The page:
Keats Poetry

He is well-known for his ability to lift his readers beyond the mundane everyday aspects of life and bring them to a higher level of thought and existence. This ability is well-illustrated in his poem “To One who has been Long in City Pent.” In this poem, Keats argues that each day should be enjoyed, provides a means of doing so and reminds his readers that their time to enjoy their days on earth is limited by employing a heavy use of imagery, appealing to the senses, calming readers with a soothing varied Italian sonnet format and allowing the analogy to develop slowly.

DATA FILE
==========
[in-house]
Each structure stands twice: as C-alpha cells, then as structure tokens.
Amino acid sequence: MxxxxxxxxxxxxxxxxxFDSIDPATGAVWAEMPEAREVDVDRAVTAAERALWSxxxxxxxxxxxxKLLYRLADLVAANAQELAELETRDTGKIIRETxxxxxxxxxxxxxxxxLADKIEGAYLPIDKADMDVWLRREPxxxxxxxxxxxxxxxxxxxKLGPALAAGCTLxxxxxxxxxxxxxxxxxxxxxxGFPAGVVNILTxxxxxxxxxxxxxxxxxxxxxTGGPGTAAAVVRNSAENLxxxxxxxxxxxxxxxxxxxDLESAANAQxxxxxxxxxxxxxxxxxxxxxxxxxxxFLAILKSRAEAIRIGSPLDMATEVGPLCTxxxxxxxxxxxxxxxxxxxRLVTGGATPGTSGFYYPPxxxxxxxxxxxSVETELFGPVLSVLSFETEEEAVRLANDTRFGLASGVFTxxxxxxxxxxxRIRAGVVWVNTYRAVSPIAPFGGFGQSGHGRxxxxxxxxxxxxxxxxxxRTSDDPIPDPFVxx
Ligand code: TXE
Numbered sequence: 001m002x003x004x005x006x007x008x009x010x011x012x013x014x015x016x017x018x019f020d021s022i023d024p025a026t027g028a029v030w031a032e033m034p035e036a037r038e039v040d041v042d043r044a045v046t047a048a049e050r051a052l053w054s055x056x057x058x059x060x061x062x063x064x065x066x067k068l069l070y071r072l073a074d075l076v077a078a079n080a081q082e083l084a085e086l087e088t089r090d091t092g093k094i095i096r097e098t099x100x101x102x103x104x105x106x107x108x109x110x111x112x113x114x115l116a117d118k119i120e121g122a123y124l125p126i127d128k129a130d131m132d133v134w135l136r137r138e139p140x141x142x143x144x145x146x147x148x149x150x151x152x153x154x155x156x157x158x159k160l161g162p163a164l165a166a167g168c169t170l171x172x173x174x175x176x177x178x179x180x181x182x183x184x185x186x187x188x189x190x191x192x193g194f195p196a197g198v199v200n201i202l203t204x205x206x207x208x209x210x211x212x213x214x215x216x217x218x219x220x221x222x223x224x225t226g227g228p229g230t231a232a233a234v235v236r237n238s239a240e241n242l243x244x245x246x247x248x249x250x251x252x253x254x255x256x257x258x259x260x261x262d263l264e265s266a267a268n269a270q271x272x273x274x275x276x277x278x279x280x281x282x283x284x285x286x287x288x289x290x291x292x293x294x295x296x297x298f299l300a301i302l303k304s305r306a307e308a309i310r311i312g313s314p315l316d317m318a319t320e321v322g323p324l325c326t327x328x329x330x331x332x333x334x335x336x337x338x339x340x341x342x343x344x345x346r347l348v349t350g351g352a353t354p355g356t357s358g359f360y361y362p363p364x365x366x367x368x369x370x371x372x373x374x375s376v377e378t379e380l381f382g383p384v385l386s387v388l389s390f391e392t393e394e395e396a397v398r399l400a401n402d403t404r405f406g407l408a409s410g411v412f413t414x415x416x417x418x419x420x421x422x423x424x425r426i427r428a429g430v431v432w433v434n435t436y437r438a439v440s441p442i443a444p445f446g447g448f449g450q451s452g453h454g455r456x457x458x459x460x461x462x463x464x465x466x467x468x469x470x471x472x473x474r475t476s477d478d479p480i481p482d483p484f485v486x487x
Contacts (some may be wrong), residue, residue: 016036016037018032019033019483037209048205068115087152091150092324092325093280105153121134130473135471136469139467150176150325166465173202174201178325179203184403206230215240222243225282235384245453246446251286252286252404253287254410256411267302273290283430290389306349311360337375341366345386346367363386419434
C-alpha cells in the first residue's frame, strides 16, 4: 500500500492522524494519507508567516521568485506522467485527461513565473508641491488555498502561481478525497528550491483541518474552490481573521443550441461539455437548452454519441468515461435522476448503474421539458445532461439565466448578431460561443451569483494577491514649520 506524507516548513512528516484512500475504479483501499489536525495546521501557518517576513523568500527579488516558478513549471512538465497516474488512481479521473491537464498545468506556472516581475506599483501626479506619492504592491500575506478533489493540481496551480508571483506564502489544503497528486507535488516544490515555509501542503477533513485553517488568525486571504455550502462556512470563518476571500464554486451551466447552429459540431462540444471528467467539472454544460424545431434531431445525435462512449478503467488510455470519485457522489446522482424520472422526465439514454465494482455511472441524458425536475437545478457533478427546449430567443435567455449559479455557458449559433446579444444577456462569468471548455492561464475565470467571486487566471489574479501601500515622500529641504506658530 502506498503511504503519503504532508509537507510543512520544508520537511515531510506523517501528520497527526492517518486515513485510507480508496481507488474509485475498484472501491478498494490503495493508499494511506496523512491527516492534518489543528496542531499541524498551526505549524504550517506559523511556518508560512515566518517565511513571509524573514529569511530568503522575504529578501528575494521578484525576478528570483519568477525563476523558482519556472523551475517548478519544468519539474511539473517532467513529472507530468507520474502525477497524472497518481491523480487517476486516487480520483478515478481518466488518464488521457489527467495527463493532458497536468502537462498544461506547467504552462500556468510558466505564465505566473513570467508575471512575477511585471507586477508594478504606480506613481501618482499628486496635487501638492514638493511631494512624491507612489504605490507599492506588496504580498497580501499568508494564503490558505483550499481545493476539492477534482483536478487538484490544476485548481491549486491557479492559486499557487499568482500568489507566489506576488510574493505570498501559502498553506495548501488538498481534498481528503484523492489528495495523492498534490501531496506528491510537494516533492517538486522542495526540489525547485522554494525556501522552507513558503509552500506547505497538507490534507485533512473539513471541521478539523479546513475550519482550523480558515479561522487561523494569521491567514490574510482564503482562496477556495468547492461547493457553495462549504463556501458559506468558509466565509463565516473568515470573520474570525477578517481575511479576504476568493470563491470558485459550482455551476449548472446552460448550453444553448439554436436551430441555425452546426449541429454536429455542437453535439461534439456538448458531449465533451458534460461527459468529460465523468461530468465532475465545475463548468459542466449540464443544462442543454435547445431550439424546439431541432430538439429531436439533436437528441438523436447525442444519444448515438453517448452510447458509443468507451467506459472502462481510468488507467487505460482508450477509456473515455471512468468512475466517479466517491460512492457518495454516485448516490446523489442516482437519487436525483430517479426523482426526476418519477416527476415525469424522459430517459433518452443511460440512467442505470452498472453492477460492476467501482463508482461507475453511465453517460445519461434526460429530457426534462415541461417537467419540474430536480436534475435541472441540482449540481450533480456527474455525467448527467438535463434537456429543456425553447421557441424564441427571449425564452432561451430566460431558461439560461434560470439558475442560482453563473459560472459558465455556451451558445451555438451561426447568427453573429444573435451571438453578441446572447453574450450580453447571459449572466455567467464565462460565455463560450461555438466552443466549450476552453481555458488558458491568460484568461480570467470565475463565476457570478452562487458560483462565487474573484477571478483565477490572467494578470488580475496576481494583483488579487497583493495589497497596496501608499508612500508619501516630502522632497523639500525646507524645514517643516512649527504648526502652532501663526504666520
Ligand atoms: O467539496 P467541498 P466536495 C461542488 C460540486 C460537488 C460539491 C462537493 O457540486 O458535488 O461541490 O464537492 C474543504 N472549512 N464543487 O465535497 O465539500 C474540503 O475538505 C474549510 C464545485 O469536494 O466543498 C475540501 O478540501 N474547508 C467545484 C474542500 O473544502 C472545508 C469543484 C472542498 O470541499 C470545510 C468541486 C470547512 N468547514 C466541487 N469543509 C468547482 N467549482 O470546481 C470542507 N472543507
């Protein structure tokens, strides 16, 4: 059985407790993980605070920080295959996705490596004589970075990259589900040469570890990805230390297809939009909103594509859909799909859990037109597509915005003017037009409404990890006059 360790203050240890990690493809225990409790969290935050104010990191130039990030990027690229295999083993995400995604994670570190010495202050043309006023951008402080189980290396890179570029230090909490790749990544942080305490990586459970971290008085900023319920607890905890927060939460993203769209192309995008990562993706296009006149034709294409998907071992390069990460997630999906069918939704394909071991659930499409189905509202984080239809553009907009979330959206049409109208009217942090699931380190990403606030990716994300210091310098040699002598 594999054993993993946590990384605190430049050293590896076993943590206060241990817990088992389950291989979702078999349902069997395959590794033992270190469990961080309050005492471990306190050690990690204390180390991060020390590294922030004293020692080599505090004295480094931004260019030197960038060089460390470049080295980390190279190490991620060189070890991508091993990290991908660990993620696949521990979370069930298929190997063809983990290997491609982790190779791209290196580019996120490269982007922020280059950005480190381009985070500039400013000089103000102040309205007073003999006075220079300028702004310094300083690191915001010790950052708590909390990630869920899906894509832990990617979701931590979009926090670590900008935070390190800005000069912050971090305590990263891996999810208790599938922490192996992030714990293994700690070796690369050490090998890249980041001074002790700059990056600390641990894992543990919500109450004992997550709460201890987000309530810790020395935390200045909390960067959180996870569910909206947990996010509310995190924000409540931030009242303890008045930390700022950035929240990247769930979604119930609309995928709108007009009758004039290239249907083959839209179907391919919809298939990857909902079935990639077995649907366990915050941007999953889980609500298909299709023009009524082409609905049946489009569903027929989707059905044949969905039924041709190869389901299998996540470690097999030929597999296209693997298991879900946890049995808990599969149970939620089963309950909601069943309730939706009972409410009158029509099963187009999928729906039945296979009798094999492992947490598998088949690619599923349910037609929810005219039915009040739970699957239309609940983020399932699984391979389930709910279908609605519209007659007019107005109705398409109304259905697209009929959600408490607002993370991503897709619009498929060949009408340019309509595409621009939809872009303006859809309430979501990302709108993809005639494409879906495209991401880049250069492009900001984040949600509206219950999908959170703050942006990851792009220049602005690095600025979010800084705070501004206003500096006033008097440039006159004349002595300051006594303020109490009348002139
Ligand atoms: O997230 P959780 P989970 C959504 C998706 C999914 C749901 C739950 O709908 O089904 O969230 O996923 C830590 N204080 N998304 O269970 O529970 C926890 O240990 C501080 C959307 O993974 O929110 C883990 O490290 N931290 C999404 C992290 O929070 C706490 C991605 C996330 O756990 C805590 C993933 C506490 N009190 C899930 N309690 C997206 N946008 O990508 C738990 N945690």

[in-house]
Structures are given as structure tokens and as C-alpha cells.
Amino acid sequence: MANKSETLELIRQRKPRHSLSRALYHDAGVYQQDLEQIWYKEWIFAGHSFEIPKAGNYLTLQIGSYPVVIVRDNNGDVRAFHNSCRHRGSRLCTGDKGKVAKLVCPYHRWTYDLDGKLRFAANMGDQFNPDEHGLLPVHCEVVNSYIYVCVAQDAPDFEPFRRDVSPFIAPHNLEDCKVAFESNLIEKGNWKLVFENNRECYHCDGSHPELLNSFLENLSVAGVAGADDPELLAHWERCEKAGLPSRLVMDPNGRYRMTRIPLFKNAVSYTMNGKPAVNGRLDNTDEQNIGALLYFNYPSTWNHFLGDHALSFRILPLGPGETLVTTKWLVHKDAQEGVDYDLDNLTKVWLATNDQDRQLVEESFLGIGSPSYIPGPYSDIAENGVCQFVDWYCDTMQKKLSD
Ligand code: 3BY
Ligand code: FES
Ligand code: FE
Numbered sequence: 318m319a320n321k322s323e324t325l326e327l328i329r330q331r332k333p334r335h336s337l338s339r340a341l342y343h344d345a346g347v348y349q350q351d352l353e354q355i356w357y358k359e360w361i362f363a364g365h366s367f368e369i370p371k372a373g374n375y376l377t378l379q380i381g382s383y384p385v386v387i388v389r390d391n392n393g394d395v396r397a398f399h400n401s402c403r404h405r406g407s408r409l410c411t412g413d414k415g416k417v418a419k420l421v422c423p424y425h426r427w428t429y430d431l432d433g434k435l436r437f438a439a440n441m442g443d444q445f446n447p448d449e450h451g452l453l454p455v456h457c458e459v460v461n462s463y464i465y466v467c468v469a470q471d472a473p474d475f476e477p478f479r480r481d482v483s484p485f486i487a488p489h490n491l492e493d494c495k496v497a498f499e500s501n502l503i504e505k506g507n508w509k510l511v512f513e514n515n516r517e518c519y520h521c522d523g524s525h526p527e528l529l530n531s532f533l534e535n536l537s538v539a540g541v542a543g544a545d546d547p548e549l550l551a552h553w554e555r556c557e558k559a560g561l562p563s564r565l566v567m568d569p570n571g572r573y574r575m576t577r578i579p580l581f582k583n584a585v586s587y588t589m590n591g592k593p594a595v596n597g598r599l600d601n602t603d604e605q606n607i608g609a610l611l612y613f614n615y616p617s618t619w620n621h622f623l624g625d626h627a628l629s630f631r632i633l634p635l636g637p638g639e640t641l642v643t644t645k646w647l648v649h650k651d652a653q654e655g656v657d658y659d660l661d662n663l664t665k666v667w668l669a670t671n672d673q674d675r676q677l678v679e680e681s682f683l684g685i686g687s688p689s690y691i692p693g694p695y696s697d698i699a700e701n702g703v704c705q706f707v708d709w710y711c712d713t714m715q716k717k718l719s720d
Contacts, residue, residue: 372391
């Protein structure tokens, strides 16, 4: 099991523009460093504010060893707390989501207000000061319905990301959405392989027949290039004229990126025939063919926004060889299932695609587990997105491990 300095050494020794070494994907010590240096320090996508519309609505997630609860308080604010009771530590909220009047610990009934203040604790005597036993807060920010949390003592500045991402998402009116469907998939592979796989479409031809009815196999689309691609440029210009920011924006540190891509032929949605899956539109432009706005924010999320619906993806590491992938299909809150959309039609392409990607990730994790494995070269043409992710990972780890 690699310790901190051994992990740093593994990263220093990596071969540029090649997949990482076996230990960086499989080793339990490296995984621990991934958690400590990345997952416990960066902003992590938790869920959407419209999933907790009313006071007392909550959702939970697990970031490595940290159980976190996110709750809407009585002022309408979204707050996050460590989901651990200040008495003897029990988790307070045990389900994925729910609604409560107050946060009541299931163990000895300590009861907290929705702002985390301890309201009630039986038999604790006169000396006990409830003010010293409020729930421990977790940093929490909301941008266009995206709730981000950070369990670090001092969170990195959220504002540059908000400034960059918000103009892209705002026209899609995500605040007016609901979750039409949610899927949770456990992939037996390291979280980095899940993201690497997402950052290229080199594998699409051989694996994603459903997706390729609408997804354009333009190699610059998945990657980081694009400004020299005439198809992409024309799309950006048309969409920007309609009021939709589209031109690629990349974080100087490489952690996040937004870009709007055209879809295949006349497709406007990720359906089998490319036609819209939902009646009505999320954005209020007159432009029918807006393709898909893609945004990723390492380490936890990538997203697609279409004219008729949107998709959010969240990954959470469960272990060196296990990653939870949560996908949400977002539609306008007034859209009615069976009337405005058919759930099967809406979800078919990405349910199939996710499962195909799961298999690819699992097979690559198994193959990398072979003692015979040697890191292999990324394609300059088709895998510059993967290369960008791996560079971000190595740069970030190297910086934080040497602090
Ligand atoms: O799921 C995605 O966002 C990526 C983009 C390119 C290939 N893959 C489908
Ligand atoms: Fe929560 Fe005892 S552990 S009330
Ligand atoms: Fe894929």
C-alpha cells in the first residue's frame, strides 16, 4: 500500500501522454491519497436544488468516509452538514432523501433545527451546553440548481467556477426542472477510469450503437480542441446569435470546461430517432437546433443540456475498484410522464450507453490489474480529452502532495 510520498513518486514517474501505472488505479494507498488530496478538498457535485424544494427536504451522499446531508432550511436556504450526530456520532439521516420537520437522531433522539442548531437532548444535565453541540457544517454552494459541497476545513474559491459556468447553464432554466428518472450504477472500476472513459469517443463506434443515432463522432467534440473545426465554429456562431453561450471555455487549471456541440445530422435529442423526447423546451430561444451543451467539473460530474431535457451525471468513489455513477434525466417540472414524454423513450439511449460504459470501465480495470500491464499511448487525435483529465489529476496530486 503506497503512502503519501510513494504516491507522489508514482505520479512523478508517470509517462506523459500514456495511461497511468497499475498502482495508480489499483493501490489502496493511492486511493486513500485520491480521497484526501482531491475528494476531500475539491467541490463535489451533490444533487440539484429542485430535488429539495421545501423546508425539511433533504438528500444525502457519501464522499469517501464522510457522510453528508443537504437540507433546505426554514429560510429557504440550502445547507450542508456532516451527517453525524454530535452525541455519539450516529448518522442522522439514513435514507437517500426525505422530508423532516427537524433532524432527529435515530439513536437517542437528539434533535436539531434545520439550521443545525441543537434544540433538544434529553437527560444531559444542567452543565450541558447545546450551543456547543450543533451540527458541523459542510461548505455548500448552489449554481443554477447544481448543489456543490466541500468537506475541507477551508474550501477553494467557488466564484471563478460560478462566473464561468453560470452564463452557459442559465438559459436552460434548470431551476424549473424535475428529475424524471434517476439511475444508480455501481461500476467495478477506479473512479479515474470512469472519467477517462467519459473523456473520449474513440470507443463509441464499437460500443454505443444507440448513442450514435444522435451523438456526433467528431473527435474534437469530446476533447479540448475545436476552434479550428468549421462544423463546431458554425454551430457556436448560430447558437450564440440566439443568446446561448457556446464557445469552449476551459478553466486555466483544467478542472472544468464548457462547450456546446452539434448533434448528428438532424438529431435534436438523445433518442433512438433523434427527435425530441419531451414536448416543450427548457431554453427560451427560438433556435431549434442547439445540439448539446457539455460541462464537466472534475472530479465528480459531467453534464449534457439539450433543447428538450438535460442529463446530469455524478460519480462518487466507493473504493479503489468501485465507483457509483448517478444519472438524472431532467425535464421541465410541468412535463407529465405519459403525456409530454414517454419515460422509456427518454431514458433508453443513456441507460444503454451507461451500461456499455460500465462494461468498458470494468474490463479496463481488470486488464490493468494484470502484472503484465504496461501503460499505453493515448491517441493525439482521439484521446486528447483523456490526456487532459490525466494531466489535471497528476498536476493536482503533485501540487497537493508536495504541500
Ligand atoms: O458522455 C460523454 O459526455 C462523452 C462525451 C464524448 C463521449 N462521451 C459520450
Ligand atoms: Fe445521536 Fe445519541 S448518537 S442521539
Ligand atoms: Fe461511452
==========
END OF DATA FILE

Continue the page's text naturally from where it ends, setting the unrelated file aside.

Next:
Keats begins the poem by addressing it to all individuals who have been stuck in the city for long periods of time and are beginning to feel trapped, “To one who has been long in city pent” (1). By doing this, he is calling attention to the idea that he may be able to offer some relief from their suffering by having them do nothing more difficult than looking up. Exhorting them to “look into the fair / And open face of heaven, – to breathe a prayer / Full in the smile of the blue firmament” (2-4), Keats directs the memory to happier times spent in the country while also reminding them of their more permanent eternal home in heaven with the use of the unusual phrase ‘blue firmament’ which typically suggests solid land. He calls forth rich images of a relaxing day spent in beautiful weather and blissful activity, “Fatigued he sinks into some pleasant lair, / Of wavy grass and reads a debonair / And gentle tale of love and languishment” (6-8). Not only has he presented the blue sky above, but with phrases such as “pleasant lair” and “wavy grass,” the reader instantly thinks of wild places with the suggestion of a lair, most commonly associated with the beasts of the field, and can almost smell the long grasses of a sweet country meadow untouched by interfering hands far from the factories and businesses of the city. Describing the book as ‘debonair’ and